It all started when my sister Deborah gave me a birthday card of four older women in swimsuits holding hands with each other and wading out into the ocean, their backs to the camera. “Like the four of us!” she pointed out, as if an explanation were necessary.
“Yeah, let’s hope when the Braver sisters are that old, we look that good,” I said.
Some twenty years later, I’d collected so many greeting cards picturing four women that I didn’t know what to do with them. Four matrons playing croquet. Four pre-Raphaelite sylphs in a forest. Four nuns lighting up cigarettes. Four co-eds engaged in a tug-of-war.
I’ve got braided frauleins from Germany. I’ve got French bikini-clad babes, all with different hair colors (“Il y en a pour tous les gouts!”). Nice, says the latter along the top—the city, not the adjective, but you understand the confusion.
This is not a hobby most people can identify with.
“Why don’t you have photos of you and your sisters instead?” “That’s—uhh, cute.” “You need a picture of Sex and the City!” Such are the comments I’ve gotten over the years when, not wanting to accept that the collection doesn’t quite translate, I’ve shown it off to friends. The truth is, I myself don’t find it entirely explicable.
What I do know is that my bond with my three sisters has only grown over time. As children, we survived extreme unpredictability, many episodes of domestic violence, and a traumatic custody battle. I think learning to function as a unit has given the four of us a feeling of connectedness and accomplishment, and grounding we never had as kids.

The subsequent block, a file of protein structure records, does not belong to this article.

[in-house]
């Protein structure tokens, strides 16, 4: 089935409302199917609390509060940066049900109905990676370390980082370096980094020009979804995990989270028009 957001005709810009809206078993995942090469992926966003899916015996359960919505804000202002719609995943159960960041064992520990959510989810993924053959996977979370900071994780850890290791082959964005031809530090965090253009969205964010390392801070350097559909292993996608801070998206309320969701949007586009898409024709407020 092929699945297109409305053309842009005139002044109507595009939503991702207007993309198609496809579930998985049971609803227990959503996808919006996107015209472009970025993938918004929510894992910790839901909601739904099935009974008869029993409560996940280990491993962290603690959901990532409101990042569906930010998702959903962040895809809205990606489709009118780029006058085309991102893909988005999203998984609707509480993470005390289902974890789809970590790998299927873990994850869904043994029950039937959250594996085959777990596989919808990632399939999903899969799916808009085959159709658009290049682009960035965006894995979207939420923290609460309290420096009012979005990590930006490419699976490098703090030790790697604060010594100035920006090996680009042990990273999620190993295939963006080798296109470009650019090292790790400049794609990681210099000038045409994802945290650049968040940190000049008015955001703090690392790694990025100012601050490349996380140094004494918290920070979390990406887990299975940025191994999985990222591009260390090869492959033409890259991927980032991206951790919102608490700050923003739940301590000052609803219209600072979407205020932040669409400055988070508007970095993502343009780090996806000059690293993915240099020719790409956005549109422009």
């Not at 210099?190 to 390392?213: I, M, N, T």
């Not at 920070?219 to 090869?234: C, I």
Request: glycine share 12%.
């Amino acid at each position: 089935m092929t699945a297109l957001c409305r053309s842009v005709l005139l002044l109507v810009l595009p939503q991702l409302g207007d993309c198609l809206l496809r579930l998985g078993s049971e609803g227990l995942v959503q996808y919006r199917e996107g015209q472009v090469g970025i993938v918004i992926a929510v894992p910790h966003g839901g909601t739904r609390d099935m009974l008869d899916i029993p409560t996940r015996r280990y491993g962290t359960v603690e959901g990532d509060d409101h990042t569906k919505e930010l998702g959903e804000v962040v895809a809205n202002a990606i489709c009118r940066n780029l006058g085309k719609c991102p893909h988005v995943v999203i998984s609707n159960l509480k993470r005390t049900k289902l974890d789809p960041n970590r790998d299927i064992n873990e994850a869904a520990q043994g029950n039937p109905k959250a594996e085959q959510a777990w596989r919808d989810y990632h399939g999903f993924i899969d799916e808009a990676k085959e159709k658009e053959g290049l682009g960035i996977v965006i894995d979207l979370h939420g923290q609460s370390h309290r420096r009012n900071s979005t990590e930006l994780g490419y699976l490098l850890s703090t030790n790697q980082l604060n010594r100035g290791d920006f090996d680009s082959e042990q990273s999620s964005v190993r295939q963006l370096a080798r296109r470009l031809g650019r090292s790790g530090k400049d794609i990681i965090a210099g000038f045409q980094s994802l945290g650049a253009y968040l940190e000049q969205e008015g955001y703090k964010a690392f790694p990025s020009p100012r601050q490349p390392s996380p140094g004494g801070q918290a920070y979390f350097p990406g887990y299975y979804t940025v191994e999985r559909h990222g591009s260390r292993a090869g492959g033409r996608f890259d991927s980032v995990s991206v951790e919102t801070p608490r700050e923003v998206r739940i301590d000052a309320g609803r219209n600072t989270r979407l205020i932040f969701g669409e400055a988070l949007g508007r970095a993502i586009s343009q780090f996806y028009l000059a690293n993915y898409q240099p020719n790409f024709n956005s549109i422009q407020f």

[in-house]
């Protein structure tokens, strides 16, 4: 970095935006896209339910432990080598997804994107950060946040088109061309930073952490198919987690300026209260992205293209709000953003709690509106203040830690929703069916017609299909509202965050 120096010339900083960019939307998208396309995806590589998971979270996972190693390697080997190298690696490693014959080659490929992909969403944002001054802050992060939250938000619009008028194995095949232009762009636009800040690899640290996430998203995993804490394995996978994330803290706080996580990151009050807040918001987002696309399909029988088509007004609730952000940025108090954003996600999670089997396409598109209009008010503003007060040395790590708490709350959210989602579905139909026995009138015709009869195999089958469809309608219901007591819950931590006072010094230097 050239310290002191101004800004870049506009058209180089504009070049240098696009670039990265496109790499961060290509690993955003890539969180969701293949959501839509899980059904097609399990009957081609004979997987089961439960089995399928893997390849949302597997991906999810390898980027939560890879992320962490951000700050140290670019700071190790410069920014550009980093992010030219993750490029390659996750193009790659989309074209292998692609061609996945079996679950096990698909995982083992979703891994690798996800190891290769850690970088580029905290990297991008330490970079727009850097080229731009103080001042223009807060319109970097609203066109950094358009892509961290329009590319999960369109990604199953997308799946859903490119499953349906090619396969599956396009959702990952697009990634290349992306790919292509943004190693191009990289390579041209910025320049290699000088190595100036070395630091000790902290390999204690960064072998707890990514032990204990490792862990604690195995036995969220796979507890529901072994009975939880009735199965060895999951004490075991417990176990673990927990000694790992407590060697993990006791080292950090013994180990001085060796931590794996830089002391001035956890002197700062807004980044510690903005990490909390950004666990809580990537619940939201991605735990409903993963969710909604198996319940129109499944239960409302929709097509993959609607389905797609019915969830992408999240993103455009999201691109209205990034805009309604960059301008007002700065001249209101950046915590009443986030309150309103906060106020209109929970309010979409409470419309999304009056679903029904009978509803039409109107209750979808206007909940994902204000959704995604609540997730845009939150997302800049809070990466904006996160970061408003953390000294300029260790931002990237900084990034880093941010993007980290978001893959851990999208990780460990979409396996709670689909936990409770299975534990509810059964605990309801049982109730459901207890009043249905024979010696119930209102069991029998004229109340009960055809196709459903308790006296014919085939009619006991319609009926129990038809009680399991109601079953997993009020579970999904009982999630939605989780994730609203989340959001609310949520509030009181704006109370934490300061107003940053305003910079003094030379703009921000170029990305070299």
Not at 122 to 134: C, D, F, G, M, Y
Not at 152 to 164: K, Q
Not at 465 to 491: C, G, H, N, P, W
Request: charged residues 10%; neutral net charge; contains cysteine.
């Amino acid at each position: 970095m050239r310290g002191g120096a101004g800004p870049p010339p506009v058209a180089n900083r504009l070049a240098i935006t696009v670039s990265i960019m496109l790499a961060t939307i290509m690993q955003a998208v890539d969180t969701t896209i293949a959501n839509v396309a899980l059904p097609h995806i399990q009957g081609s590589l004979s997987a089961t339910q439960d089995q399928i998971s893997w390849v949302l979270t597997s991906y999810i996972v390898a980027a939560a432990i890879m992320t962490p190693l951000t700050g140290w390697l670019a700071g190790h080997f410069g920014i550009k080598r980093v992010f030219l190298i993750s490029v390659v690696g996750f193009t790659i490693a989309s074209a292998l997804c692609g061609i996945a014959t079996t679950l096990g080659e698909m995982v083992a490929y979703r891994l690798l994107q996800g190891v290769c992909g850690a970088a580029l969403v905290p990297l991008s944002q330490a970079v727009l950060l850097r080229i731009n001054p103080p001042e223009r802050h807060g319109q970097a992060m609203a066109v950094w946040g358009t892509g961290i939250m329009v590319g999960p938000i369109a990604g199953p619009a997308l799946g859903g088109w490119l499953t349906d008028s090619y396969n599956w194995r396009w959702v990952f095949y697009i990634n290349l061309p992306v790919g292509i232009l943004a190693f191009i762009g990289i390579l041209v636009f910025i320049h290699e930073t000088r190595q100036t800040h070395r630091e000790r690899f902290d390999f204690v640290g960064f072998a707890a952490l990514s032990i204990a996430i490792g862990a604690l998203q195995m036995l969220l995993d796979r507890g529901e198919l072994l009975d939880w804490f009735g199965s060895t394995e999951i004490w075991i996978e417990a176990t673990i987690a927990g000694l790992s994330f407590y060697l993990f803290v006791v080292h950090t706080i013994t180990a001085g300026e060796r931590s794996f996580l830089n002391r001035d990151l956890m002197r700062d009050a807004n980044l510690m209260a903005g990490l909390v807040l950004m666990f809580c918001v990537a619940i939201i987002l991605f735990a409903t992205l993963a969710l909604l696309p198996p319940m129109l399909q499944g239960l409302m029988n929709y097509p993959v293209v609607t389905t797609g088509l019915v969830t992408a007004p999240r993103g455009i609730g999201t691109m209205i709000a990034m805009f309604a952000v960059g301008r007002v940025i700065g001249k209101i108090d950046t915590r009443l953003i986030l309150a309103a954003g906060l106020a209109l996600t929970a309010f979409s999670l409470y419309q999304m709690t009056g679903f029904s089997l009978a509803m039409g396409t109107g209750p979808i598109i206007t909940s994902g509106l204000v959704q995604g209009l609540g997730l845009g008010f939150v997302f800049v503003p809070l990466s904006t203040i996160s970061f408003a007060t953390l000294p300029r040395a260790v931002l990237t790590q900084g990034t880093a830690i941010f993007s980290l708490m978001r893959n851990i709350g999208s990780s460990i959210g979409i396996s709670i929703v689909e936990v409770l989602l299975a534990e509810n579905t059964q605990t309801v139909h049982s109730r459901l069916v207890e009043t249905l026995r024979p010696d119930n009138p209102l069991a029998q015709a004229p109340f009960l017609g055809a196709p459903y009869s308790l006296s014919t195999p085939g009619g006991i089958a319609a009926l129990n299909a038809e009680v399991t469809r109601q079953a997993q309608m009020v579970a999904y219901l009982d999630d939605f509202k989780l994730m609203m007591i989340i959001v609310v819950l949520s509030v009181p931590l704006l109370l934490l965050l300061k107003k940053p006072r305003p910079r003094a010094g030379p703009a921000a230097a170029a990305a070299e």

We’ve all chosen to live near each other, and while we can count on one another for holidays and emergencies, the relationships are far more immediate than that, more vital—despite our differences in temperament, circumstances and perspective. Scarcely a day goes by when I don’t talk to a sister or two, often all three.
People sometimes ask me why I’ve been so devoted to my parents as an adult, given my childhood. While I want to err on the side of generosity, it’s mostly about making things easier for my sisters. If I don’t take Mom to a medical appointment, it means Erica will. In theory, of course, we’re all free agents, but as a practical matter, we cover for one another. It’s only in this way that we’ve been able to make it.
So it’s completely natural that it required all four of us to transform the greeting card collection into a giant collage (a set of six collages, actually). Margo brought over her two boys, and we set to work, the other sisters cycling in and out to give opinions. Horizontal display, or vertical? Elmer’s, or rubber cement? Overlapping, or spaced out? And what about the trashy postcards—like Sun Your Buns! In California!—in, or out? (I made an executive decision: in.)
I now have the nearly ninety cards all framed, taking up a total of 18 square feet. Tough broads in a basketball court. Bathing beauties atop a giant grand piano. Sixties-era waifs paddling in a fake boat. Thick-ankled old battle-axes with ice cream cones. Ballerinas crossing Abbey Road.
And in a nod to Where’s Waldo?, I did stick in one photo of the four of us.
Published in the Piedmont Post, December 16, 2009